DES MOINES — The latest Drought Monitor report shows a little deterioration in the conditions in the state in the last week.
Iowa Department of Natural Resources hydrologist Tim Hall says that doesn’t reflect the most recent storms in western and southern Iowa. “The rain that came in southern Iowa over the last two days came after the cutoff for the Drought Monitor,” he says.
The monitor shows a large part of eastern Iowa has moved from moderate to severe drought. Hall says the rains we’ve had recently will help. “Over the last month things have remained relatively stable across the state,” he says. “We ended up behind normal for rainfall in July, although we did get more rain in July than we got in June, so that’s good.”
Hall says rainfall in mid July did impact the level of drought, but we haven’t seen consistent enough rain yet to get rid of all the concern. “We’re sort of still on the edge of drought that could become much more significant but it hasn’t gotten appreciably worse,” Hall says.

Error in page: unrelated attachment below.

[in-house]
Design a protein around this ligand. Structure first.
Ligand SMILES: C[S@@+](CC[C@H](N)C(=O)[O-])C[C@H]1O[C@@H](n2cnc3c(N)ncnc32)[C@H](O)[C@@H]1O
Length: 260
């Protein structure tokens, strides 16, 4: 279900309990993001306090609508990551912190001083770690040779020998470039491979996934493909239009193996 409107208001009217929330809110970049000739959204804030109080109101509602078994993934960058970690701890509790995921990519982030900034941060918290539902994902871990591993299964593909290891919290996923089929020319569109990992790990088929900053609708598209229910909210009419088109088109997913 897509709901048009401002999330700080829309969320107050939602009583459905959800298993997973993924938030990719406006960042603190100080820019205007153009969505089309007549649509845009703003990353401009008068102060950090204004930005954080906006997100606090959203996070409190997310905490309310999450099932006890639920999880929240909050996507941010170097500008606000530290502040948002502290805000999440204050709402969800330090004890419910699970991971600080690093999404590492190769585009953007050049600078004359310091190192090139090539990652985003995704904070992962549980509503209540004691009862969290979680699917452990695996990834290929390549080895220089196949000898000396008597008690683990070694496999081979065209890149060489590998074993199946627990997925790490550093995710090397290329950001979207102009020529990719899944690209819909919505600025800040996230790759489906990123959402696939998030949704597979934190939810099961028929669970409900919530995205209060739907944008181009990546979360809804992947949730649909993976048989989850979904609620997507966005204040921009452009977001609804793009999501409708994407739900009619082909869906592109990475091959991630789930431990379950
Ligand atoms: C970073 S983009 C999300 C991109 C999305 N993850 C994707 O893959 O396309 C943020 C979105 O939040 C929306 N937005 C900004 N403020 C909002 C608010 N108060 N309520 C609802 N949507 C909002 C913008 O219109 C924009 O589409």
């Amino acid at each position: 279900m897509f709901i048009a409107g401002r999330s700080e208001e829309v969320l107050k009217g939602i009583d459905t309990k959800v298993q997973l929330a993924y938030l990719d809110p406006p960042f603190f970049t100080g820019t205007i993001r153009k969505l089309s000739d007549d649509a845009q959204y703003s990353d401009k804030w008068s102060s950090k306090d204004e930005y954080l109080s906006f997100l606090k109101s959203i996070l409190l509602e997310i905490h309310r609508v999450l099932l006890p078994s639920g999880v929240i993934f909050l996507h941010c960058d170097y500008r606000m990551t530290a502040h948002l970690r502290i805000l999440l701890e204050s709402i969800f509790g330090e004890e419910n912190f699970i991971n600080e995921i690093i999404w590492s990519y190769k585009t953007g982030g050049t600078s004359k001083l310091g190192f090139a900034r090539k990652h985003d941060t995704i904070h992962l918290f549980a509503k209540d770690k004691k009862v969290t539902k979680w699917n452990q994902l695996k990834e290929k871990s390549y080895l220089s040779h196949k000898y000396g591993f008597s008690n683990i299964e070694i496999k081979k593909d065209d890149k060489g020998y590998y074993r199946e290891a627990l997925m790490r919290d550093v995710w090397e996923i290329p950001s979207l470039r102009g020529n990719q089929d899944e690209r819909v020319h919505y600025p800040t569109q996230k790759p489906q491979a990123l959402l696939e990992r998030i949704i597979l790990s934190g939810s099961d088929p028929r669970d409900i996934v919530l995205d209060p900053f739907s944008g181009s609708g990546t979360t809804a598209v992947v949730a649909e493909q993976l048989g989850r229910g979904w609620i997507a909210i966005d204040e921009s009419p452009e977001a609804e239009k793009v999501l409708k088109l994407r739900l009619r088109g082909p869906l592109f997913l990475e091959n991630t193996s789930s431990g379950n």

He says the recent rains helped with the much needed soil moisture. “The other thing that’s working in our favor is that in about another month or so, we’ll get through the peak demand time of the year. So the demand for water will start to drop as we move from August into September. And that certainly helps to preserve whatever waters in the system,” according to Hall.
The weather outlook has indicated we could see more rain in August, which would also help the drought situation.
Here in north-central Iowa, a majority of the area is in the “D-1 Moderate Drought” category. There is a small area of “D-2 Severe Drought” in far northeastern Worth and far northwestern Mitchell counties. Far northwestern Winnebago and northern Kossuth counties are in the “D-0 Abnormally Dry” category